Controlling the runaway witness during cross examination is one of those challenges that we as trial lawyers have to deal with on a daily basis. No matter how tight and pointed the question is, the runaway witness takes it upon himself or herself to lead off in a tangent that seems to go on forever. Regardless of what the witness may want to do, however, we can always keep control of the witness. In most courtrooms you won’t get away with outright cutting the witness off by speaking over the witness. But there are some techniques you can use to minimize the witness’ ramblings that you can get away with. Here are a couple.
The Traffic Cop Maneuver
This is exactly as it sounds. If the witness starts going on a long, unrelated tangent, you raise your hand with your open palm directed at the witness. This is the same motion that a traffic cop does to stop traffic. This technique will work most of the time with lay witnesses. While this technique can be very effective, it also comes across a bit rude so make sure not to overuse it.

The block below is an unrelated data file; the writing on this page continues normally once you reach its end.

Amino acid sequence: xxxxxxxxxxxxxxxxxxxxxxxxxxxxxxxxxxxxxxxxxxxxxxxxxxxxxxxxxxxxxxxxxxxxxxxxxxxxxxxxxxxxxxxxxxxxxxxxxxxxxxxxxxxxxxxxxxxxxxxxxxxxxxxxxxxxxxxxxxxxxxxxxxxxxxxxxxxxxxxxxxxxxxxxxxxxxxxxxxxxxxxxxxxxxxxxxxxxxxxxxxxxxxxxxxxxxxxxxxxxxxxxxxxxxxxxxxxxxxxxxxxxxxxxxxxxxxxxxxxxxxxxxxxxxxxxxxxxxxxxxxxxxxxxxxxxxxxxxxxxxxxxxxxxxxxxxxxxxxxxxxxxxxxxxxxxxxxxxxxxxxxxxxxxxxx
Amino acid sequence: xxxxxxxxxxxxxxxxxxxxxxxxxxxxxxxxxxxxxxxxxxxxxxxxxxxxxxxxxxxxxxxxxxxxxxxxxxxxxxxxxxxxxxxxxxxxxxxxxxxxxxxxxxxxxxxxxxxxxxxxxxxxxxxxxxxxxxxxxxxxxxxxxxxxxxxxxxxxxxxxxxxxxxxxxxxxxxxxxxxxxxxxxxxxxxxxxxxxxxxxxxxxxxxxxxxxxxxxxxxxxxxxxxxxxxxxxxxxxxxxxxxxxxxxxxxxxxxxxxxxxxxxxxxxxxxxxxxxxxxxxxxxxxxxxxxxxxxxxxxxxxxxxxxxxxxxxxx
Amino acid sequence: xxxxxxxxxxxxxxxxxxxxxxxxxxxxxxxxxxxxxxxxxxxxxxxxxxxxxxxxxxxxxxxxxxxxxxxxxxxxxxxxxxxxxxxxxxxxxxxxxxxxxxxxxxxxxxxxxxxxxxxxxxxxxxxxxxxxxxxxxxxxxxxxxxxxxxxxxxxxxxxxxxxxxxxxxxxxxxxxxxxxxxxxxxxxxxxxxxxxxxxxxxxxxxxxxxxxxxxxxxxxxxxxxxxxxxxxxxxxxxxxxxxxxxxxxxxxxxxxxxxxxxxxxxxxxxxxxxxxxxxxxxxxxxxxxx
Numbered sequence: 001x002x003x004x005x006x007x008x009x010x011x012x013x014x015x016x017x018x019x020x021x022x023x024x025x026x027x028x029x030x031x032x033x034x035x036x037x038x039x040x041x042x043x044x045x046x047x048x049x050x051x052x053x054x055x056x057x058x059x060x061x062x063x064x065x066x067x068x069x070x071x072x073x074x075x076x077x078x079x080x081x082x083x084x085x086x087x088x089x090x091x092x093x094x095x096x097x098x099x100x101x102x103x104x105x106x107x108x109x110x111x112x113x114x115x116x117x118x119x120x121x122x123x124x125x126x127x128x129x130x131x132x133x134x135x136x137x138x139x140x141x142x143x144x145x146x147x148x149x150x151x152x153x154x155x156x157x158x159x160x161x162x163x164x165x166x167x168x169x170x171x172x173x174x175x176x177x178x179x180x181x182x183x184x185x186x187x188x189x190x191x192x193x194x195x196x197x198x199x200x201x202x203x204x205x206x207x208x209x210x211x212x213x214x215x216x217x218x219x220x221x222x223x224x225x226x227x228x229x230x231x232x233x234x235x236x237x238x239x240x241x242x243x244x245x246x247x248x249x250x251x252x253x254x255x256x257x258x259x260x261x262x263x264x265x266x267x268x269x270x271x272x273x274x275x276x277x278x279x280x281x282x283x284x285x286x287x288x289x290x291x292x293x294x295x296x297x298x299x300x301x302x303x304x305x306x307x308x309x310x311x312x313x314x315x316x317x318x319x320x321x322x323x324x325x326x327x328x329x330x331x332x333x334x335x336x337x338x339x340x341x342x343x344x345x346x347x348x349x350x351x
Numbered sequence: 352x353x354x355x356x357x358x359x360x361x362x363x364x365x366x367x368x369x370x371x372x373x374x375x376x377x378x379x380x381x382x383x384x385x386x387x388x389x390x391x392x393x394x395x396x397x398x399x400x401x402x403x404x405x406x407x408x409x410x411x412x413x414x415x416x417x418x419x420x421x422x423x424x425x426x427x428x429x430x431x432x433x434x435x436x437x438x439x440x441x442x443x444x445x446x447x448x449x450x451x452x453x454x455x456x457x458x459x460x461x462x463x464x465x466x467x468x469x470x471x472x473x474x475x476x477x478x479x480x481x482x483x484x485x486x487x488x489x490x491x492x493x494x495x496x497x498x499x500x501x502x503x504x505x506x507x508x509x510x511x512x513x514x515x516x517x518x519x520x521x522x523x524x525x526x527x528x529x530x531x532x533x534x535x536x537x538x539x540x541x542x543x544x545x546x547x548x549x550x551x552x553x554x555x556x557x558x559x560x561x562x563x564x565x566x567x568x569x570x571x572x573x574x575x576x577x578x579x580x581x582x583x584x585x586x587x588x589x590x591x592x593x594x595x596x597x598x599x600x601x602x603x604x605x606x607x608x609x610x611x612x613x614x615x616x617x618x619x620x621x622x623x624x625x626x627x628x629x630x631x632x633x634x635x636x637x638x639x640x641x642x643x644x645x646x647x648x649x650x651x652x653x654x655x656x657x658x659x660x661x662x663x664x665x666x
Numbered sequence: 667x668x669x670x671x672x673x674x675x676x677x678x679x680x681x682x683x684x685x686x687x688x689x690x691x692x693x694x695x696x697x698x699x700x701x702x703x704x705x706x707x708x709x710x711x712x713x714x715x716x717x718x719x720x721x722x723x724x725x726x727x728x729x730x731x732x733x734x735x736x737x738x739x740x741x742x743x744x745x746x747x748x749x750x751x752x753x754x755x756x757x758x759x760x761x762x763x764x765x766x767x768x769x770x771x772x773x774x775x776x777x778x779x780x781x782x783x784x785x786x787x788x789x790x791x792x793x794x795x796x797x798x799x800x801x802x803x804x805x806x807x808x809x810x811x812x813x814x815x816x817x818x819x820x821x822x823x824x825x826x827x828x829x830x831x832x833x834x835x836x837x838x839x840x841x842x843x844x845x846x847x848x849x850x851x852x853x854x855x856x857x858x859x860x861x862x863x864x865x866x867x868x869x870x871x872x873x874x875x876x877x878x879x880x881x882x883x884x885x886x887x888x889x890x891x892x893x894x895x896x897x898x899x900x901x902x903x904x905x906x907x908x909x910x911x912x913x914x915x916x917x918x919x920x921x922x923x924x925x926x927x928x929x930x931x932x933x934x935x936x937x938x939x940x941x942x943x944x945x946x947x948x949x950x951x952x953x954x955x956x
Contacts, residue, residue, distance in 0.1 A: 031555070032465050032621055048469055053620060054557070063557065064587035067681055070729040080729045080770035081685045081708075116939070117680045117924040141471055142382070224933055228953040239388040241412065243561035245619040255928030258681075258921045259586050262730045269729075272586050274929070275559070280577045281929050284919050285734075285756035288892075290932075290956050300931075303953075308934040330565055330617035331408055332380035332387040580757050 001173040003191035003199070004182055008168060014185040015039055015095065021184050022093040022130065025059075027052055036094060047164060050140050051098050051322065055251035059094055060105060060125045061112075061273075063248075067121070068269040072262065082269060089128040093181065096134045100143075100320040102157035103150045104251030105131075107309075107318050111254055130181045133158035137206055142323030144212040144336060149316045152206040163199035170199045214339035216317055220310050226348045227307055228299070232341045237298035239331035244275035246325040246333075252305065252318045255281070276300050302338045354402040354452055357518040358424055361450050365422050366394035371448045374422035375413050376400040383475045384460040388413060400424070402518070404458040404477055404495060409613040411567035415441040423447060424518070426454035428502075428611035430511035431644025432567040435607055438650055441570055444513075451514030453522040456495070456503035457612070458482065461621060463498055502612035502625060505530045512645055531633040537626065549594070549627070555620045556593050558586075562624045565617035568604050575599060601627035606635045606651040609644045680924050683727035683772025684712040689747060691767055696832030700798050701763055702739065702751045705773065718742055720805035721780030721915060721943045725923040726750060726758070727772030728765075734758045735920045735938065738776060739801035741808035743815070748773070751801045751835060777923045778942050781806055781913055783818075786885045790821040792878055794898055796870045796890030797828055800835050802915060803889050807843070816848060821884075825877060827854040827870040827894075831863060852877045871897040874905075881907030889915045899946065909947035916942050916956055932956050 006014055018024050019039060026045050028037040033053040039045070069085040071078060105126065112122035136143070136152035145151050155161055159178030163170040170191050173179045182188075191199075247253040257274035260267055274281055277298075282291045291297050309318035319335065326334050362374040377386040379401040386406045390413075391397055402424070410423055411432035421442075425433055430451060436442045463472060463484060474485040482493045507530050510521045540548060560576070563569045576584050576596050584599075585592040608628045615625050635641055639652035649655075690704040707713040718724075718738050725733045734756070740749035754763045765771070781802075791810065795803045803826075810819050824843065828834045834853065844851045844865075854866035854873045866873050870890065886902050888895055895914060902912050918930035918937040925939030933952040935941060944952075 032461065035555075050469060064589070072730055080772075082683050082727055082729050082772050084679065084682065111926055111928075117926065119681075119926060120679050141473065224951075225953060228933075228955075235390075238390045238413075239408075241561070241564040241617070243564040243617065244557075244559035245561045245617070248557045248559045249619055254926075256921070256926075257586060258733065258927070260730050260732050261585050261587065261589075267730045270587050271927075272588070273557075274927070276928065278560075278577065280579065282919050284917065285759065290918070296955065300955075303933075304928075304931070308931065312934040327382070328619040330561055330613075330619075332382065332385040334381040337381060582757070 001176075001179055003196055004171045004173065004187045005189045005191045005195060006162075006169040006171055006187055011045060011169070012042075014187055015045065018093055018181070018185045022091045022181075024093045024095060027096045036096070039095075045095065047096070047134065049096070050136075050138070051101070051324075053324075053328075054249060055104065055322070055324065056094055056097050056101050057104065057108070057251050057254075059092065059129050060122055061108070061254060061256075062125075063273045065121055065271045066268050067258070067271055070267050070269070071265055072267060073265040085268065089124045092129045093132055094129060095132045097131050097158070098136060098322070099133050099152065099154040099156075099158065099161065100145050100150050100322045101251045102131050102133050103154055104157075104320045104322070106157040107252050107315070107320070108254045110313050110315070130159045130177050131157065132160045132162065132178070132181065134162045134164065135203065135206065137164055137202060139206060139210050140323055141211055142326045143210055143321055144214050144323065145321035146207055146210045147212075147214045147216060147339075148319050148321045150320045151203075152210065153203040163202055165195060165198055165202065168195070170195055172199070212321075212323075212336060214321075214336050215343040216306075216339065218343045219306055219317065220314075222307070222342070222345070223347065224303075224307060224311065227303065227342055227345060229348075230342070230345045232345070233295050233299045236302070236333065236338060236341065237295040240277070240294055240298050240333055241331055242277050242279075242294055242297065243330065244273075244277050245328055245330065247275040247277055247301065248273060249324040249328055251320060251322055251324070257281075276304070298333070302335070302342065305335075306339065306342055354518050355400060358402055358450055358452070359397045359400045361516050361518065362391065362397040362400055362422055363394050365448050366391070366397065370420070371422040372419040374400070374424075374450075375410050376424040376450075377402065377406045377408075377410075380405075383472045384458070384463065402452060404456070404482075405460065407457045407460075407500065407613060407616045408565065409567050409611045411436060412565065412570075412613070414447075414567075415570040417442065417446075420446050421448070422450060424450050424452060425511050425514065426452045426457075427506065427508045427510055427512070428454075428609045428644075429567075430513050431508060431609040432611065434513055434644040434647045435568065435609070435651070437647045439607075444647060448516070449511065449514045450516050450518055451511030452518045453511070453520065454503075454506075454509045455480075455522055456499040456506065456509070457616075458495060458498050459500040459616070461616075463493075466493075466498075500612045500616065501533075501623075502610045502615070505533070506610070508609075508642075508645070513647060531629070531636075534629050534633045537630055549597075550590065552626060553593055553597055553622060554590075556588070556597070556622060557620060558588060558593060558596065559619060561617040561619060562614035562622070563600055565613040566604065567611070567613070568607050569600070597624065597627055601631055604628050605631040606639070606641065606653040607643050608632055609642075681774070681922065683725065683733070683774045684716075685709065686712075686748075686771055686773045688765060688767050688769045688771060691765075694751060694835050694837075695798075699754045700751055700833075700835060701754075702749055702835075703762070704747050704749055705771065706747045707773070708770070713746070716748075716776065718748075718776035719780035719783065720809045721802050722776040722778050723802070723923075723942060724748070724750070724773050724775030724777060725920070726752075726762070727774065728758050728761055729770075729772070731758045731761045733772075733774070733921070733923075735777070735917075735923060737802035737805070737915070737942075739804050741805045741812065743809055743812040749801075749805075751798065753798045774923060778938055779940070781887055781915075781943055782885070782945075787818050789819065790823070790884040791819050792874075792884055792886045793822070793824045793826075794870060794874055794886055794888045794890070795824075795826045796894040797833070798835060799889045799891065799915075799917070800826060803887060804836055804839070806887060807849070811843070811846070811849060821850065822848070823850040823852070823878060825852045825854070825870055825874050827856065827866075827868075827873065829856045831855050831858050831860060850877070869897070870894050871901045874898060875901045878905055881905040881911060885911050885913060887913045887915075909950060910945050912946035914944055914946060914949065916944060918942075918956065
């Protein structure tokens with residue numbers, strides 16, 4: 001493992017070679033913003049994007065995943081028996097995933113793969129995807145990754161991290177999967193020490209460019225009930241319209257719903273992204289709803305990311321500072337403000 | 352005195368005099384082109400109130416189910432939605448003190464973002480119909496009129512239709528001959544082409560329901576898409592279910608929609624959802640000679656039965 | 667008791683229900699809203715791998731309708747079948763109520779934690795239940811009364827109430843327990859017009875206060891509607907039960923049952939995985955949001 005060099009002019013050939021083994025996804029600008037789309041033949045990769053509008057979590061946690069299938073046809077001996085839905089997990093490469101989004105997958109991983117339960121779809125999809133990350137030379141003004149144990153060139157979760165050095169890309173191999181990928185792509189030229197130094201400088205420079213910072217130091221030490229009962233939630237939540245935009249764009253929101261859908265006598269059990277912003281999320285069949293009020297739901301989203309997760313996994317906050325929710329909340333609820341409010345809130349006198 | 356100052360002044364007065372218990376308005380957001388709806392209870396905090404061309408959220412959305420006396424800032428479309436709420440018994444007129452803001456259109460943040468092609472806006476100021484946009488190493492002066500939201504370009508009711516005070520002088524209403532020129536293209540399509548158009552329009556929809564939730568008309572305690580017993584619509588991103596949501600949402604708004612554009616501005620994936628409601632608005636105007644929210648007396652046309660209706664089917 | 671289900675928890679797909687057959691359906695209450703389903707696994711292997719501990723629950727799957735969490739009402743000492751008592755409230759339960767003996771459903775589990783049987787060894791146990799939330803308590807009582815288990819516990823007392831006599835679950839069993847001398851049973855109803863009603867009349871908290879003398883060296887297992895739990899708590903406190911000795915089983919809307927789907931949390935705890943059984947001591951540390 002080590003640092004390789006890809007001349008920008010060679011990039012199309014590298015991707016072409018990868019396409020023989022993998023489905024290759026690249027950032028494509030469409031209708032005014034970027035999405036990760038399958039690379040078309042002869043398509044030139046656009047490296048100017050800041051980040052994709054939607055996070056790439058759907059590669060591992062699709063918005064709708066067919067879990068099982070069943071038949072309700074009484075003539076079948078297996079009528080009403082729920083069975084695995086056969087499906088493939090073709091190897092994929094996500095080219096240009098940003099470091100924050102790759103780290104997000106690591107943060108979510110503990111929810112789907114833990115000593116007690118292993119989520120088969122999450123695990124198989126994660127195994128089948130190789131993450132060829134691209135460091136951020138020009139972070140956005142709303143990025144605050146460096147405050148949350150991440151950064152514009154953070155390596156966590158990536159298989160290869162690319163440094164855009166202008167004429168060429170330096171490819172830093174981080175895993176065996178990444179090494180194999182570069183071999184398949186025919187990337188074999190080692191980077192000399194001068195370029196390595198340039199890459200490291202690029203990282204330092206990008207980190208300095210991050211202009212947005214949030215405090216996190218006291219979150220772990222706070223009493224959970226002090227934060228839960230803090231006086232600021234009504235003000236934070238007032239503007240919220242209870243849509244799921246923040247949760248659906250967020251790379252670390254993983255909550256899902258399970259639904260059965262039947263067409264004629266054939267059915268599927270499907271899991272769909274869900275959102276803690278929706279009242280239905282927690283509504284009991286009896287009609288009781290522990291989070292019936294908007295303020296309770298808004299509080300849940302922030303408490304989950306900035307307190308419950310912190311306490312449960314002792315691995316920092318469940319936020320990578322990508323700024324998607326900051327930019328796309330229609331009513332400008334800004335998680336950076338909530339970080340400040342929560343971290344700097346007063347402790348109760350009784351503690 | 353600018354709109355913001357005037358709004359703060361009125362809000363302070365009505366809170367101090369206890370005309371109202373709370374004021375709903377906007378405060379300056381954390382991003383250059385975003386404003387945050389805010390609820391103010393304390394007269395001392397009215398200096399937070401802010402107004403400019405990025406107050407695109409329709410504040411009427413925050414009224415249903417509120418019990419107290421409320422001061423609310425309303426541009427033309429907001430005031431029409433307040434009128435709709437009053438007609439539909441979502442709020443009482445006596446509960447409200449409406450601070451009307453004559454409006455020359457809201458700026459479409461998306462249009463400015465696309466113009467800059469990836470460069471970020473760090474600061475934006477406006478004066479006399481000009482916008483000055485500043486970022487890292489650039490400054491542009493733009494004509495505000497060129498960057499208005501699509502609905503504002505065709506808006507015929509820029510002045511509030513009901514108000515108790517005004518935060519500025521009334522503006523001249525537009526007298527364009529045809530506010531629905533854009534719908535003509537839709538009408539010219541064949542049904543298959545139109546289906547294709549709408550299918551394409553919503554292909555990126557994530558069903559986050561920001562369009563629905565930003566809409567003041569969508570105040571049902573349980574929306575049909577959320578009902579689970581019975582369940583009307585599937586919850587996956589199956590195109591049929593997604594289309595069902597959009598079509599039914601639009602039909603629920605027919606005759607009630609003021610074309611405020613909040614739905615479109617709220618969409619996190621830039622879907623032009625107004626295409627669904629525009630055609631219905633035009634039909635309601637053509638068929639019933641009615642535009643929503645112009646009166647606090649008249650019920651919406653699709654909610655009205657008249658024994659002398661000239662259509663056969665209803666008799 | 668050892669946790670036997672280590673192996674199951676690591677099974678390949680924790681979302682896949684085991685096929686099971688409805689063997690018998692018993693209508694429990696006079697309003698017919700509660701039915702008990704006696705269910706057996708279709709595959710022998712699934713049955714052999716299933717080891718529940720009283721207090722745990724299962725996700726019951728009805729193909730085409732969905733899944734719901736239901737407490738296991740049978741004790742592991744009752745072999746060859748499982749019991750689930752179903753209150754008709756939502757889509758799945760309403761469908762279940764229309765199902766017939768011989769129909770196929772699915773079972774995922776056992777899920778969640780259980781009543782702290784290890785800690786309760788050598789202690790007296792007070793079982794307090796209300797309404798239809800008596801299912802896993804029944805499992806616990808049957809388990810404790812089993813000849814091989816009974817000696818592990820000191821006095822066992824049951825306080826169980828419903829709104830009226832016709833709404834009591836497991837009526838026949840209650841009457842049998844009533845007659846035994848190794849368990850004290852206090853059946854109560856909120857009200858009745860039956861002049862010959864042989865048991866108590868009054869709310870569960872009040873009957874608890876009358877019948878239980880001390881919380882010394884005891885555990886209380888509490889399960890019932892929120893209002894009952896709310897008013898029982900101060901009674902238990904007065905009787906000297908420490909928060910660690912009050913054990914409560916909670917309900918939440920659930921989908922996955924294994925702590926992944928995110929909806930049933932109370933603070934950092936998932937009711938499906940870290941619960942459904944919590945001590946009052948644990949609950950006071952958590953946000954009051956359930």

The Timed Interruption
This technique requires a bit more finesse than the traffic cop maneuver. With that said, it also is a lot less rude so it is worth your time to learn. To execute this technique successfully the advocate has to learn the timing in the witness’ speech. By learning the witness’ timing you can interrupt the witness mid tangent without forcefully cutting the witness off. This is done by starting to speak once the witness has taken a natural pause in his or her speaking.
Getting The Judge Involved
This one is my least favorite technique for controlling the runaway witness. While I don’t use it myself I have seen it done and heard many lawyers recommend it so I’ll put it in here. This very simple technique is as its name suggests–a call for help to the trial judge. You simply ask the judge to instruct the witness to answer the question directly. While this is the easiest technique to execute I dislike it because it shows the jury that you are not in control and you need help in conducting your trial.